Palm Weevil Pupae Rhynchophorus spp.
Beetles represent the largest Order of insects, containing over 250,000 described species. Beetle groups include tiger beetles, ground beetles, water beetles, whirligig beetles, fungus beetles, rove beetles, stag beetles, scarab beetles, wood-boring beetles, click beetles, fireflies, dermestids, ladybird beetles, darkling beetles, longhorn beetles, blister beetles, leaf beetles, weevils and many others.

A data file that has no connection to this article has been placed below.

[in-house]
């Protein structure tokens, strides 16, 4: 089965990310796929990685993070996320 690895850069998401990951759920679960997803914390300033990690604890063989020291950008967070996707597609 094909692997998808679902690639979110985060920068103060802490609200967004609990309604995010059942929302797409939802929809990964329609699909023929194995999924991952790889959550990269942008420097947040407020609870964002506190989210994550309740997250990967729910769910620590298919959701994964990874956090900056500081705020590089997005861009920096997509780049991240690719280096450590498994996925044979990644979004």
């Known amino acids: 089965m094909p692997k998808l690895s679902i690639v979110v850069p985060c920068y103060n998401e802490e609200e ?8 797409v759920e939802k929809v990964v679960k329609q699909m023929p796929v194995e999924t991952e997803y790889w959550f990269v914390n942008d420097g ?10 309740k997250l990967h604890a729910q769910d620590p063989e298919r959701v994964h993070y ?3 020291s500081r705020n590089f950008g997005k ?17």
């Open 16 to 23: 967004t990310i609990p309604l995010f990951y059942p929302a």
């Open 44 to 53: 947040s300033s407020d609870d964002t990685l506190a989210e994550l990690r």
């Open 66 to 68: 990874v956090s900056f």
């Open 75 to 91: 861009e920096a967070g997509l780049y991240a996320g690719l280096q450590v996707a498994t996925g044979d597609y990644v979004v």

These weevil beetle are known as billbugs for their well developed snouts. Adult weevils are attracted to rotting palm trunks where they lay their eggs. The weevil grubs are eaten in Africa and Indonesia as a nutritious source of fat and protein. Protective cocoons of this weevil are constructed from palm fibers. Adult weevils use practice thanotosis to protect themselves. This involves dropping to the ground and feigning death when disturbed. These beetles can become considerable pest to palm crops. Ancient Egyptian society saw pupal beetles as the mummies, symbolic of the death before the rebirth into the adult form.